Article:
BMJ Stone
EZG Manufacturing
Federated Insurance
Fraco USA, Inc.
Hohmann and Barnard, Inc.
Hydro Mobile, Inc.
iQ Power Tools
Kennison Forest Products, Inc.
Mortar Net Solutions
Non-Stop Scaffolding
Pullman Ermator
Tradesmen's Software, Inc.
December 3, 2004 7:57 AM CST

Profiting from Pavers


Why do some mason contractors shy away from doing pavers? According to Beau Felux, central regional manager for Pavestone Company, Grapevine, Texas, "The primary reason that masons shy away from pave stone installation is that they have a different mindset. Masons are very meticulous; they talk in terms of 300-500 sq. ft. of production per day, not thousands of sq. ft. per day. They have not been exposed to screeding sand and placing base materials and the resultant handling of tons of sand, base and pavers per day. Masonry installation usually requires a more experienced crew and a higher hourly rate of pay than typical paver crews. And masons have not had the opportunity to understand the nature of interlocking concrete pave stones, their cost-effectiveness, speed of installation and low maintenance requirements."

So what is the solution? Felux suggests that contractors should become comfortable with the available materials in the paver catalog. He offers, "There are many benefits of the interlocking concrete pave stones. Professional training and certification is available through the ICPI (Interlocking Concrete Pavement Institute, Washington, D.C.) and generally sponsored by manufacturers. We also offer a training program on business opportunities that introduce contractors to the industry and train them to be successful at estimating and installing pavers. We believe the more knowledgeable the contractor is about the industry, the more he will be successful. Ultimately, if the contractor is strong and successful, the more successful we will be as a company."

There are cost-savings for both the contractor and the project owner, says Felux. "An installer can increase profit margins by utilizing a crew consisting of one lead foreman and the remaining crew members can be general laborers, as opposed to needing more higher-cost skilled labor typically used for the installation of masonry products. Additionally, since the pavers are set in a bed of sand, they are flexible. They can move and flex with the earth, requiring less maintenance than cast-in-place concrete, stamped concrete or other mortared systems. Since pave stones do not require mortar, they do not need time to cure. Installation is much faster and easier. Pave stones have a lower lifecycle cost than traditional pavement methods and also have ecological benefits."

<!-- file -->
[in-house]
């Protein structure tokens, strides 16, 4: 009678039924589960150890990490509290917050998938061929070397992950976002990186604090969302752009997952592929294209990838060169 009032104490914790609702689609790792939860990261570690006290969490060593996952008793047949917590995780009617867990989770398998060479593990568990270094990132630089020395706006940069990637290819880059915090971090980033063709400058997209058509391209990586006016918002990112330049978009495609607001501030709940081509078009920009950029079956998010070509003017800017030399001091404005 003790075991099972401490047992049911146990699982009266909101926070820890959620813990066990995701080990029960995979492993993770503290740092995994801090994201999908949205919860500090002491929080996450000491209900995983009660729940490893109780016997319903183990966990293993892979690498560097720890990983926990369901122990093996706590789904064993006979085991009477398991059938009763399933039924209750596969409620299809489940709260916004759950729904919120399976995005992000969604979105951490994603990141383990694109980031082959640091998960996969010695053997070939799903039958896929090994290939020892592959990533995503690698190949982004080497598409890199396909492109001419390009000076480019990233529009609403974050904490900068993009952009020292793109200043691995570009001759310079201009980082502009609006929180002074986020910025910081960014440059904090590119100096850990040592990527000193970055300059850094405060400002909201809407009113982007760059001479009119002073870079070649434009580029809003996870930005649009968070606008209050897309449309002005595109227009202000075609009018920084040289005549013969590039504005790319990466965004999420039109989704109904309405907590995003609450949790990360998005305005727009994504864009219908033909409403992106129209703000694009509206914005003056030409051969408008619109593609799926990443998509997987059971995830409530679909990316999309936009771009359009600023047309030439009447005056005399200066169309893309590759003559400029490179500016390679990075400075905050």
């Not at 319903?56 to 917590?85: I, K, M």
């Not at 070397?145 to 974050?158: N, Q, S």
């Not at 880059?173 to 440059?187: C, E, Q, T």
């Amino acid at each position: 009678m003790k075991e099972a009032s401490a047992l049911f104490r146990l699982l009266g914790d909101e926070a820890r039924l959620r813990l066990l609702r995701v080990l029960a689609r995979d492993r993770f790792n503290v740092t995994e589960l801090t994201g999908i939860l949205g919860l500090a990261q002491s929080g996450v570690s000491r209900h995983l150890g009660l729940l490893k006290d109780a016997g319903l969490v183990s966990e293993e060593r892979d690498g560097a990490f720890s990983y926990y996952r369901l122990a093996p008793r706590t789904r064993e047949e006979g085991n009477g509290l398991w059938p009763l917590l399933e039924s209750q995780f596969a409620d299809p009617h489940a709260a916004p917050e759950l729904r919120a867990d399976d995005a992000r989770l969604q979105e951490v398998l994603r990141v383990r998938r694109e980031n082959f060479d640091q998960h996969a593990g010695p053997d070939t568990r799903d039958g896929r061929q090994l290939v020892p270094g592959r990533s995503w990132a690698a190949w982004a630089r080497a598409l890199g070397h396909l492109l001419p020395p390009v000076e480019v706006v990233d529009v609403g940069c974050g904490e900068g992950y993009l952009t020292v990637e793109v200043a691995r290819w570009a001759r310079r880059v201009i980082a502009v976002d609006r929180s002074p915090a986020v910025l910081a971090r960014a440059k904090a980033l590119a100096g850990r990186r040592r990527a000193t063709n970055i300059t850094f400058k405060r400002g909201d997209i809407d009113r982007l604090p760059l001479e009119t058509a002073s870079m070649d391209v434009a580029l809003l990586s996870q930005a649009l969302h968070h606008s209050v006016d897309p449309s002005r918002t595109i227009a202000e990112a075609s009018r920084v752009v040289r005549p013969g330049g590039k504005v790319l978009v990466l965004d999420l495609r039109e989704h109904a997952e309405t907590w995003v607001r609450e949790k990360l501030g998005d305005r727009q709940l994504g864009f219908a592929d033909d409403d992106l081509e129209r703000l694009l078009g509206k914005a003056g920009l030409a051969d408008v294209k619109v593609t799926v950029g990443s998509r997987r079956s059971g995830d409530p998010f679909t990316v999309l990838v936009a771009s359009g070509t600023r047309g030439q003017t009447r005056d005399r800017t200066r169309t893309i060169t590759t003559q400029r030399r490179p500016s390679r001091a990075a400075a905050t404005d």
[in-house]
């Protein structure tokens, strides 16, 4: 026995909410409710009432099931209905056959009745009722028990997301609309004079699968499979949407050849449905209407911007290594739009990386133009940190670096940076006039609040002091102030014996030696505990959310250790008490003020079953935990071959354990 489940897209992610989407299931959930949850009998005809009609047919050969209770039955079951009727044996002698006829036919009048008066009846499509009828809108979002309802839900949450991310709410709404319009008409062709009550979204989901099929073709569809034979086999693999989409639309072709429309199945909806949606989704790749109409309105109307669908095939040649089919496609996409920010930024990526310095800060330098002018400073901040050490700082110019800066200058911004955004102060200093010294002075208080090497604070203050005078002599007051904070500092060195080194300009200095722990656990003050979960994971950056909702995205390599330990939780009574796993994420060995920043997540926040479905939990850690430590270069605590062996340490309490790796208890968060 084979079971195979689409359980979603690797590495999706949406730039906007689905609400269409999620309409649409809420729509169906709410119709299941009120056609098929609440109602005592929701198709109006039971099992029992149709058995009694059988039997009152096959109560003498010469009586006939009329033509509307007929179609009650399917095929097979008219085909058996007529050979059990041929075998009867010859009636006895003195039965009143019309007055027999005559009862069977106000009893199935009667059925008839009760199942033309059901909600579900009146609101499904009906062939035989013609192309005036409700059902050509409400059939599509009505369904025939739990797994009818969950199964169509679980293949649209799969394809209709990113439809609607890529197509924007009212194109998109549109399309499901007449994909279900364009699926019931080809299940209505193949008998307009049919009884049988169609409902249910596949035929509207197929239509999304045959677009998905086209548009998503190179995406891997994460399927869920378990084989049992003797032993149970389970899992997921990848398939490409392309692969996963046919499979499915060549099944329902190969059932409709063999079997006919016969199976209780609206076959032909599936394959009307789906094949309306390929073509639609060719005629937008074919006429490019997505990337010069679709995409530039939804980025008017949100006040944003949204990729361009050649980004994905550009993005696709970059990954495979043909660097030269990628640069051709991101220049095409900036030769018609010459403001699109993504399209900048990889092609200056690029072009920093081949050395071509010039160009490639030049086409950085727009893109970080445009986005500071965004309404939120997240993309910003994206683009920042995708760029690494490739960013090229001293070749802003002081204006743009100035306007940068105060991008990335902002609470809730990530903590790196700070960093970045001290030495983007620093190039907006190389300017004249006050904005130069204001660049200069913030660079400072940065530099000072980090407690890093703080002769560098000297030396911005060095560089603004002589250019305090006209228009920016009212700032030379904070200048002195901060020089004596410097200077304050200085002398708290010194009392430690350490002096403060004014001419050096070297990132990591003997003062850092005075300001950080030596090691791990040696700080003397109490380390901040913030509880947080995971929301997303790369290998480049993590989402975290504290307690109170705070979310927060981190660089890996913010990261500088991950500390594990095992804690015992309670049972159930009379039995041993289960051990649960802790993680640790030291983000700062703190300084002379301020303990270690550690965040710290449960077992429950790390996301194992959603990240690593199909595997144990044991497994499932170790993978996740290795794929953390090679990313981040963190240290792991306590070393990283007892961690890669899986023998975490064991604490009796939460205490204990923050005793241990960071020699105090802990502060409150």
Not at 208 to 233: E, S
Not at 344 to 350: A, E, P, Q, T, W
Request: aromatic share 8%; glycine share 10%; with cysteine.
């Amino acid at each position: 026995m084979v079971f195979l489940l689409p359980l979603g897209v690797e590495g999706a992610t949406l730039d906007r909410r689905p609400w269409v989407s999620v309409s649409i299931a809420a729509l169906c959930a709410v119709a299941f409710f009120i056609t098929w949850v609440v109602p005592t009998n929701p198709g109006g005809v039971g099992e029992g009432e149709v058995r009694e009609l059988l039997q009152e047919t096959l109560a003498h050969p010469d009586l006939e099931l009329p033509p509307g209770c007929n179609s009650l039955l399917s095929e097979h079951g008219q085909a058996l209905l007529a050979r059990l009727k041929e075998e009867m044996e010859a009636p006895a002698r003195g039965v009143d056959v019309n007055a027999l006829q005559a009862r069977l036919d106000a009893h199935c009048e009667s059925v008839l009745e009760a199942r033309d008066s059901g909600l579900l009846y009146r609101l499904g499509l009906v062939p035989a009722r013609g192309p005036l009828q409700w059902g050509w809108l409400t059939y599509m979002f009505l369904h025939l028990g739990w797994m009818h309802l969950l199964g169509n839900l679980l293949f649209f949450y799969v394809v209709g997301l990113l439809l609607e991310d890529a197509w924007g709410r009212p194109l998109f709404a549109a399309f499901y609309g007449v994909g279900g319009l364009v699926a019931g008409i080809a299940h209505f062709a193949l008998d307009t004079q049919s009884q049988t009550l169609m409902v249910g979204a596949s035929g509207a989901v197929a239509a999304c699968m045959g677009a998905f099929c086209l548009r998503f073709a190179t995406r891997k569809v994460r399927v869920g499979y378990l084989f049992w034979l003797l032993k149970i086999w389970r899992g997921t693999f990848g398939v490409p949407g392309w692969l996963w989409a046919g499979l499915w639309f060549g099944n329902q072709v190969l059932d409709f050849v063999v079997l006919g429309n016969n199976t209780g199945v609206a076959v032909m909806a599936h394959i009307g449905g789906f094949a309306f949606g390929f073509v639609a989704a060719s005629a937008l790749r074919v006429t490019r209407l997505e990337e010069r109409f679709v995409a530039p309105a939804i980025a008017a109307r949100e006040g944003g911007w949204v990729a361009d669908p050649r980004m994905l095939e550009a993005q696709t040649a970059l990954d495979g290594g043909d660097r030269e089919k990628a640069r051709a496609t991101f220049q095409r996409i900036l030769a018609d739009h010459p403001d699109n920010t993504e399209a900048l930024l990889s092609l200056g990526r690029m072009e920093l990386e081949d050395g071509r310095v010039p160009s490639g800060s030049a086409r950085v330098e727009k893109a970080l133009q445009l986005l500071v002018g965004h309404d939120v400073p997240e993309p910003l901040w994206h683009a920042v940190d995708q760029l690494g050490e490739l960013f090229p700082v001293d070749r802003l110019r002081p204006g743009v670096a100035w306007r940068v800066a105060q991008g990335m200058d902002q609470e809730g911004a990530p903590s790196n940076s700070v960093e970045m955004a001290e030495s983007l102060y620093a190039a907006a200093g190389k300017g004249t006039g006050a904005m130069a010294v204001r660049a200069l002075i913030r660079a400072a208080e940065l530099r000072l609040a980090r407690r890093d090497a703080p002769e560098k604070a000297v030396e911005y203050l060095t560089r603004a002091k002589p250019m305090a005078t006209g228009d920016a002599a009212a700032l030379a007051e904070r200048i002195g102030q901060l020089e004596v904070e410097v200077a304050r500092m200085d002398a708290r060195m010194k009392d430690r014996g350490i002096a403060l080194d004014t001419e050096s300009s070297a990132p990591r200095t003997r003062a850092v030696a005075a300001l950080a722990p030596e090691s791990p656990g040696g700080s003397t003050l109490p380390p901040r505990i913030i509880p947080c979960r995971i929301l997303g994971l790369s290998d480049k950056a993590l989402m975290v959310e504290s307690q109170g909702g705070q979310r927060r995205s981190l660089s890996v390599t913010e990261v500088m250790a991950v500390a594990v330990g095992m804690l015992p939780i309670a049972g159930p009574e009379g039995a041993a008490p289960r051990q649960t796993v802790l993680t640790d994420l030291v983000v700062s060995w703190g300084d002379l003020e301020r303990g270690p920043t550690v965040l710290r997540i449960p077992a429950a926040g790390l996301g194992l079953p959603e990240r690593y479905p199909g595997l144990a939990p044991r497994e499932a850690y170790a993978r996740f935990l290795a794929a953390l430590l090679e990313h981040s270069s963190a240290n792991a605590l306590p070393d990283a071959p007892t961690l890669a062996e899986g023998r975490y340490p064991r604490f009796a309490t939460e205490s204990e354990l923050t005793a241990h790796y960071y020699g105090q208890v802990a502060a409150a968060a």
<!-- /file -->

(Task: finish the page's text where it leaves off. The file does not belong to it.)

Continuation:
So how can a mason contractor keep up with the newest/latest creations in the paver world? Felux points to the way his company approaches this by saying, "Pavestone has a large force of sales and technical representatives. They can provide new product literature, physical product samples, and technical assistance. The Pavestone web site has all products, colors and textures available online as well as technical specifications. Additionally, our 17 manufacturing locations across the U.S. hold a product and technical demonstration each Spring to introduce contractors, specifiers and end-users to new products. We also host paver and segmental retaining wall training seminars throughout the year."

According to Felux, "Pavestone is the industry leader in providing the greatest variety of shapes, colors and textures in concrete pavers. The product variety is similar to an artist's pallet, delivering unlimited creative options for decorative and durable pavements."

About the Author

Masonry, the official publication of the Mason Contractors Association of America, covers every aspect of the mason contractor profession - equipment and techniques, building codes and standards, business planning, promoting your business, legal issues and more. Read or subscribe to Masonry magazine at


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